In a case linked to a controversial wolf hunt and with possible repercussions in Minnesota, the state of Wisconsin filed suit Wednesday seeking to block plans by six Chippewa bands to hunt deer at night across the northern third of the state.
A committee of the Great Lakes Indian Fish and Wildlife Commission authorized tribal hunters Wednesday to hunt deer at night using a light "at the point of kill,'' said Sue Erickson, spokeswoman for the commission.
That's illegal under Wisconsin law.
However, the Department of Natural Resources (DNR) is allowing night hunting of wolves starting Monday -- the same day the bands propose to begin hunting deer at night. The DNR rule says hunters can use a light while shooting at a wolf at the point of kill.
"The DNR said it's safe to have hunters in the woods at night hunting wolves and using a light at the point of kill,'' said Erickson. "The tribes are simply instituting the same thing.''
Chippewa bands in Wisconsin and Minnesota opposed inaugural wolf hunting and trapping seasons this fall in both states. Erickson said the action by the Great Lakes Indian Fish and Wildlife Commission to open night deer hunting doesn't affect Minnesota. But the commission represents two Minnesota bands, Mille Lacs and Fond du Lac, both of which have off-reservation hunting and fishing rights in ceded territories.
The Wisconsin DNR filed a federal suit Wednesday asking the court to require the bands to comply with prohibition on "deer shining" -- the taking of deer with a light -- and confirming the state's right to enforce the law against tribal hunters in the ceded territory.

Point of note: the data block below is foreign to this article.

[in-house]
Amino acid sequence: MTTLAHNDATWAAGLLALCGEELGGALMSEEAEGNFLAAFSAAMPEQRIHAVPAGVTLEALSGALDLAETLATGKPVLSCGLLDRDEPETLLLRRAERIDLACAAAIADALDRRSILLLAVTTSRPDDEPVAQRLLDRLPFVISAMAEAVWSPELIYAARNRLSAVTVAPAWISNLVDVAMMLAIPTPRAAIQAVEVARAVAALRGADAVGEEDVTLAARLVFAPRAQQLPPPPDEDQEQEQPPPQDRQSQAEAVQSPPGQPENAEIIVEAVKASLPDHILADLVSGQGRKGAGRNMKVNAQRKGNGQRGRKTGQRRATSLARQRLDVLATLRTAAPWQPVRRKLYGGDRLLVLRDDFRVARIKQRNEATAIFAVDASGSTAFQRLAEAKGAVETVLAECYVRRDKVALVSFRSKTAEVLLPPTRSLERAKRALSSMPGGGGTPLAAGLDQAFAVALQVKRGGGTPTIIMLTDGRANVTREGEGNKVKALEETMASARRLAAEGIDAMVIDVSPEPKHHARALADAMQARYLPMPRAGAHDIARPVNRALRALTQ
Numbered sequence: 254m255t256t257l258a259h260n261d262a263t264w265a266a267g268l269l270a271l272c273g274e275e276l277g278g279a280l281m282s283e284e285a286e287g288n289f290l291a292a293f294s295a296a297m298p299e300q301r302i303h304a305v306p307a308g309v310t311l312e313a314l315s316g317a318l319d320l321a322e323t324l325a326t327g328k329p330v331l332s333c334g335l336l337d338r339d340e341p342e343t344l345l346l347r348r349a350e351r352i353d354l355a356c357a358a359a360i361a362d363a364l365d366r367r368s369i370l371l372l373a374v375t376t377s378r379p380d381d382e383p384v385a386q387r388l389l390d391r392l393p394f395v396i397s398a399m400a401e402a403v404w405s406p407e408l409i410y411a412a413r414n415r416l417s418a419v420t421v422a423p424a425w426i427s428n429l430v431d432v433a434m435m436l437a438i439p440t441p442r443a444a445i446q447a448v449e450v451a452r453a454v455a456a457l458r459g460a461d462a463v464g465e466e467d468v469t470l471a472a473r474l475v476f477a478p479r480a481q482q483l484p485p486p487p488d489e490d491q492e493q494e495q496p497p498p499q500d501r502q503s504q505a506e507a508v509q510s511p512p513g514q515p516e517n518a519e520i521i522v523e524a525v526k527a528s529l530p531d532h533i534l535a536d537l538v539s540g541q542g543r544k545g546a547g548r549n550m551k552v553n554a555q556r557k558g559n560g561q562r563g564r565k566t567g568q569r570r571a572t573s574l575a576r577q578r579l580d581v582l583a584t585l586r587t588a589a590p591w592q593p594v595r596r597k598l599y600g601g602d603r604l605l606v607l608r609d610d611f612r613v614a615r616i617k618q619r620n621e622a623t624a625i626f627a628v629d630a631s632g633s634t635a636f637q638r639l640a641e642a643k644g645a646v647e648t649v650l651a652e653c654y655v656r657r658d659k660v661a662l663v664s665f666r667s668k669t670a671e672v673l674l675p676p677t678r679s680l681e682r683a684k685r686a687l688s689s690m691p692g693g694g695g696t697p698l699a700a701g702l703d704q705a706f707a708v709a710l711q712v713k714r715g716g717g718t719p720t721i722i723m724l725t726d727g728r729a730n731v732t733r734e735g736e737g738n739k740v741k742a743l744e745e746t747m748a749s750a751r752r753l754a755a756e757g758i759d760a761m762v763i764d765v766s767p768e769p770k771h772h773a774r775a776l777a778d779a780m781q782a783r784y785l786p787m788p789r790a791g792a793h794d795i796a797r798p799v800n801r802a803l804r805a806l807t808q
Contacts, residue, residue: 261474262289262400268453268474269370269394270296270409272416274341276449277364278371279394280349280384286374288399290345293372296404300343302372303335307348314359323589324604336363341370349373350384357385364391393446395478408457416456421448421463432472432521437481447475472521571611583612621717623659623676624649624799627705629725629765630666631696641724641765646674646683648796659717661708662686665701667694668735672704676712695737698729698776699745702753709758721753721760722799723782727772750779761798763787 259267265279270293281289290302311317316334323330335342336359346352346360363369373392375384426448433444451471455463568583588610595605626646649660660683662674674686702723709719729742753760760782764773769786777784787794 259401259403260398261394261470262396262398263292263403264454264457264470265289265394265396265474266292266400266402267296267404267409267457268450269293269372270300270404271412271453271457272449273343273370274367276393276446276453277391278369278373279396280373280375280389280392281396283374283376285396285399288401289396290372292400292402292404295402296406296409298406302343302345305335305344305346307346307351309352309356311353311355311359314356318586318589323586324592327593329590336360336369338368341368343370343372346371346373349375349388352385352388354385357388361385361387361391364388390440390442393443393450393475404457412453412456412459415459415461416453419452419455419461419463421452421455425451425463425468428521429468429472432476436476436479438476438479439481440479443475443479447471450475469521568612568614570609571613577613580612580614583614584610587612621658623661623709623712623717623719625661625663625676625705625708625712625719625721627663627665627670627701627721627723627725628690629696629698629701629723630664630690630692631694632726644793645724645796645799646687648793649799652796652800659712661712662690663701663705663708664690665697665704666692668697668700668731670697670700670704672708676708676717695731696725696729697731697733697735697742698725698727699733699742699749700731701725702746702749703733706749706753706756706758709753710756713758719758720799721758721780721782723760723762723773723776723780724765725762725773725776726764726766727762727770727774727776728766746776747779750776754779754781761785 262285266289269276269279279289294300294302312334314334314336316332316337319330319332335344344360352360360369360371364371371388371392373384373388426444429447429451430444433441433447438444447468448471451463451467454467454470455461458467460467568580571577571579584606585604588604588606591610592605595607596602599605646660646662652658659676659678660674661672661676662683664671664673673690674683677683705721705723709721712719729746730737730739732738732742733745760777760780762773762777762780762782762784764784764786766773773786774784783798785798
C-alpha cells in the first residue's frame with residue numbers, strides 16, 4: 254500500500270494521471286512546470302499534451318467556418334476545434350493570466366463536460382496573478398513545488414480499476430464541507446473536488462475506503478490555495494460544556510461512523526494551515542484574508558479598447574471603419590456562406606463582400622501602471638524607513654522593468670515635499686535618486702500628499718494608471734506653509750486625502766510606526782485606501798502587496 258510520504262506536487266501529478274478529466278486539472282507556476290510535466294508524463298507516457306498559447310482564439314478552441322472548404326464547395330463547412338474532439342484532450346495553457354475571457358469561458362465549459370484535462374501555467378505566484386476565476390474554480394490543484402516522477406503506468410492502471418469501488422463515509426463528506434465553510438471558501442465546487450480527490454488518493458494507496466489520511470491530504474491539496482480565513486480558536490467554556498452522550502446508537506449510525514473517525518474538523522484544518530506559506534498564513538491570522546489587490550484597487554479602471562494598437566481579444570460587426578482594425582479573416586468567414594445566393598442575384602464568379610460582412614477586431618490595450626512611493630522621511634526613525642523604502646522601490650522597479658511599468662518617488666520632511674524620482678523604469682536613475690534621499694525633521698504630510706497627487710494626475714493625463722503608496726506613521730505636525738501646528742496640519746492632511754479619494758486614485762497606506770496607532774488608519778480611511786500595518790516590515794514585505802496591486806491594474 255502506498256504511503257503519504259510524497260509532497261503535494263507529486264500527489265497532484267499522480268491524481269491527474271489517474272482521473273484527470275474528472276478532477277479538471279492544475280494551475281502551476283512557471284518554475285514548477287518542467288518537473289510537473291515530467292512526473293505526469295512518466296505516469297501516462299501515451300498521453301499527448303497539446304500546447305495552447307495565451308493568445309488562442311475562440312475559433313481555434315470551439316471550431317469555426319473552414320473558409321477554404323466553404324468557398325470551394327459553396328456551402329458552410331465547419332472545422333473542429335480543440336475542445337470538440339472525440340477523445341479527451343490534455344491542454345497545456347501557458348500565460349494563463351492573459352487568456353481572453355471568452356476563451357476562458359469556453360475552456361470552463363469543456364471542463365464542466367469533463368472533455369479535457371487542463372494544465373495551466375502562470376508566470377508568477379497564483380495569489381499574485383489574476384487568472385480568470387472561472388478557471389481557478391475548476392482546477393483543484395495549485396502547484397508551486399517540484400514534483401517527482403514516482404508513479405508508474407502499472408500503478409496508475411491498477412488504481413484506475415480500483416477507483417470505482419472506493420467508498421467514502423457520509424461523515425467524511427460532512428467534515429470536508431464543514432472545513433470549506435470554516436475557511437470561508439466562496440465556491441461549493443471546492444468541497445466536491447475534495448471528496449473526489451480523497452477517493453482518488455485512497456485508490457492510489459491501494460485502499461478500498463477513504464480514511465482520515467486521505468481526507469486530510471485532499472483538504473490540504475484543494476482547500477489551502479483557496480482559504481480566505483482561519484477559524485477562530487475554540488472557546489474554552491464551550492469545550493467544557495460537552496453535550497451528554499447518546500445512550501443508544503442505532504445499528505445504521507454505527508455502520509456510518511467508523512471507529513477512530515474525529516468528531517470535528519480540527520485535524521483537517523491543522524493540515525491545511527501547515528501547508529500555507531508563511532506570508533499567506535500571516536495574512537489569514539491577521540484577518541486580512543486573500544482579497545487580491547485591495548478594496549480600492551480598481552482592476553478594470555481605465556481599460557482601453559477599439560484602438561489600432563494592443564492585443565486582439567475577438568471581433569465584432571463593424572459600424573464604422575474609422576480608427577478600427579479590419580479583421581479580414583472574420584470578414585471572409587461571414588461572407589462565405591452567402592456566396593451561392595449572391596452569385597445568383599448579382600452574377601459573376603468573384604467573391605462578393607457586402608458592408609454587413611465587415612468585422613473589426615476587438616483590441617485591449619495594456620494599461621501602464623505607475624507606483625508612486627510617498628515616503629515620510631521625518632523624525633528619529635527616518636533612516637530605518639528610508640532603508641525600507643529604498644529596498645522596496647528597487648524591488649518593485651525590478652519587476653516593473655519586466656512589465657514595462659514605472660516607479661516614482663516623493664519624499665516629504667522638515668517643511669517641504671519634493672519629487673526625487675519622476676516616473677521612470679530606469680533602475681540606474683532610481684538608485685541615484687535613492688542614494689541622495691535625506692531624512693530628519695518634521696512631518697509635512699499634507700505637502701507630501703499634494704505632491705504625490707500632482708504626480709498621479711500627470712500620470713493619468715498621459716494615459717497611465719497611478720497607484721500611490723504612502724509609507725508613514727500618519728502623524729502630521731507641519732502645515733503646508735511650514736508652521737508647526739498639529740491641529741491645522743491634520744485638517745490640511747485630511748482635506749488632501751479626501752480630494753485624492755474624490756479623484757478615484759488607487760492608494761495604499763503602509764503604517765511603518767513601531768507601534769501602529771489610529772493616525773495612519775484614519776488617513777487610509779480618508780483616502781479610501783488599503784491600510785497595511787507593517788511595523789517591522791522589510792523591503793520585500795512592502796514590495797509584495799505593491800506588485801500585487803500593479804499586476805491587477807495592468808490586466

"We have concerns about the short amount of time to notify the public, the circumvention of court oversight and past rulings on night hunting for deer, and public safety,'' DNR Secretary Cathy Stepp said in a statement.
"We really believe this is not something they have the authority to do," Stepp told the Associated Press. "This is one of those issues ... we need to push back on."
Stepp warned outdoor recreationists to take "proper precautions'' if the night hunting begins on Monday.
Erickson said each of the state's six Chippewa bands must approve the plan before its members can take part, but said that could occur before Monday.
Under treaties signed in the early 1800s, the Chippewa ceded 22,400 square miles across northern Wisconsin to the government.
A federal court ruling in 1991 found that the tribes have the right to harvest at least 50 percent of the quota for any animal hunted in that territory.
Backed by the court ruling, the bands run their own deer hunt in the ceded territory independent of the state's bow and firearm seasons. The tribal season generally runs from late August until early January.
Tensions have been high between the DNR and the commission since September, when the commission authorized a tribal elk hunt despite DNR contentions that the group had to reach a consensus with the agency first.
Stepp said the commission and the DNR have been talking about possibly allowing tribal members to hunt deer at night, but Stepp said the commission abruptly chose to act on its own.
The Associated Press contributed to this report. Doug Smith • 612-673-7667